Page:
Stockton city leaders are working with community groups to come up with a response to deal with the raids and help people understand their rights. “We are asking people, don’t give false information either, it’s better not to say anything, don’t try and change your name, for sure we don’t want you to try and run, any of those things. We just want to make sure you remain silent until you get an attorney,” said Pastor Trena Turner, executive director of Faith in the Valley.
By Janine Nkosi and Amber Crowell—Nov. 3, 2019
Every year in Fresno County court orders evict thousands of households — 3,000 plus — from their homes. Thousands more of informal evictions happen outside of the courtroom.
Evictions disrupt and devastate. Families lose their homes and possessions. They lose the safety and comfort of their neighborhoods. Children lose bonds with teachers and friends; their attendance, ability to focus, and academic performance suffer.
Perhaps most alarming is the correlation that Matthew Desmond, Princeton sociologist and Pulitzer Prize-winning author of “Evicted: Poverty and Profit in the American City,” found between evictions and suicide among single mothers.
But communities pay the price for evictions, too — in lost productivity, lower educational attainment, reduced employment and increased health care costs.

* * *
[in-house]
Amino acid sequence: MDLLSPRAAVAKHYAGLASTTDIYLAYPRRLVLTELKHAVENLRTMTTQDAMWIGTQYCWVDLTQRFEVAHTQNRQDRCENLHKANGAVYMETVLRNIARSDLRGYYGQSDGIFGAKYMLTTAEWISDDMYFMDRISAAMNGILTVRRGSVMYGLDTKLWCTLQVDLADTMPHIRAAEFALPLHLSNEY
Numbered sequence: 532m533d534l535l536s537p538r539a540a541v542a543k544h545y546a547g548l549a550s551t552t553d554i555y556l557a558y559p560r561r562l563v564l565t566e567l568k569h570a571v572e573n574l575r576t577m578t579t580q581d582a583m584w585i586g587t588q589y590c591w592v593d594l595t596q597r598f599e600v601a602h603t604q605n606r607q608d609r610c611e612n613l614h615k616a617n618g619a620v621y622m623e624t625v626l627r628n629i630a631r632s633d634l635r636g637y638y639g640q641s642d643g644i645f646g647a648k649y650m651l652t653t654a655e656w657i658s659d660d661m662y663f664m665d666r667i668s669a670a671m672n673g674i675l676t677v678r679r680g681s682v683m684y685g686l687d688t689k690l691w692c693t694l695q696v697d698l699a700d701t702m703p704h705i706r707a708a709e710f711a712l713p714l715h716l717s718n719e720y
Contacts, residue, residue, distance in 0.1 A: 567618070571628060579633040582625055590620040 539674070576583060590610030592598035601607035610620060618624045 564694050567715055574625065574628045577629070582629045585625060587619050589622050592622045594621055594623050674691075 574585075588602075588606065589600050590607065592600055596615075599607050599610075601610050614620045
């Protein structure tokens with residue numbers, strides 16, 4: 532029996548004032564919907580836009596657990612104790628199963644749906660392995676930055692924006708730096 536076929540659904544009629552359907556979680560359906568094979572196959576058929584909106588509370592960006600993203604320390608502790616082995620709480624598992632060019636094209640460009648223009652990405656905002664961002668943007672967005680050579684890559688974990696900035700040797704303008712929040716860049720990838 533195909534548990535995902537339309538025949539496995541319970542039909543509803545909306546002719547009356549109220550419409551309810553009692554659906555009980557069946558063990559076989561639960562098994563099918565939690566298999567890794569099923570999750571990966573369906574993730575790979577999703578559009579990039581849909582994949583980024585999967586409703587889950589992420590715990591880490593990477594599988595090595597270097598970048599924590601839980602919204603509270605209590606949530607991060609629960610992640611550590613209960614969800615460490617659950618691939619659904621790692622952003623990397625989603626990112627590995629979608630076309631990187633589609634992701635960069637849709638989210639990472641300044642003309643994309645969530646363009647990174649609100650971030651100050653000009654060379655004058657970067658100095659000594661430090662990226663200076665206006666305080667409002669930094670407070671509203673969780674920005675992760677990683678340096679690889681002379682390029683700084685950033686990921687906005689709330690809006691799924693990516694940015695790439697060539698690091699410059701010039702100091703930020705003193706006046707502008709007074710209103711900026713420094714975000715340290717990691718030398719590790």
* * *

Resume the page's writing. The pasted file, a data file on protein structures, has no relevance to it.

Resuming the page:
Our findings on Fresno County evictions tell a complex story of economic burden — and profit. On average, with court fees and costs, an eviction quadruples what the tenant originally owed on rent. Meanwhile, court records since 2007 show that Fresno judges are awarding the top lawyer representing landlords about $1 million annually on eviction cases — money to be paid by tenants.
And these cases are easy to win — almost two-thirds of them resolve with a default judgment for the landlord because the tenant does not appear in court. When tenants do appear, only 1% of them have legal representation, while 73% of landlords have lawyers.
Why are renters forced to move in the first place?
Compared to neighborhoods with low poverty, eviction rates are twice as high in neighborhoods where there is severe poverty, and families, on average, pay over half their income for rent. Unsurprisingly, many cannot sustain that rent burden and fall behind.
But it’s rare to fall far behind. Landlords tell a story of “deadbeat tenants” who live for months on the landlord’s dime, while the landlord goes bankrupt. In fact, 40% of tenants are one month behind, or less, when they get an eviction notice, another 42% are one month plus late fees, and most of them are out of their homes within 32 days. Our data shows a range of as little as six days to a maximum of 77 days before a tenant is forced out.
And failure to pay is not the only reason renters are evicted. Among the 1,000 unlawful detainer cases we examined, 11% were nonrent related. Evictions happen for many reasons.
We learned about Barbara, 73, and Steve, 75 (not their real names). They were served an eviction from their senior-living community for “unauthorized occupants.” But if someone you loved needed a place to stay, would you turn them away? Or would you risk violating your lease to shelter them? Their case is not unique.
Read more at the Fresno Bee.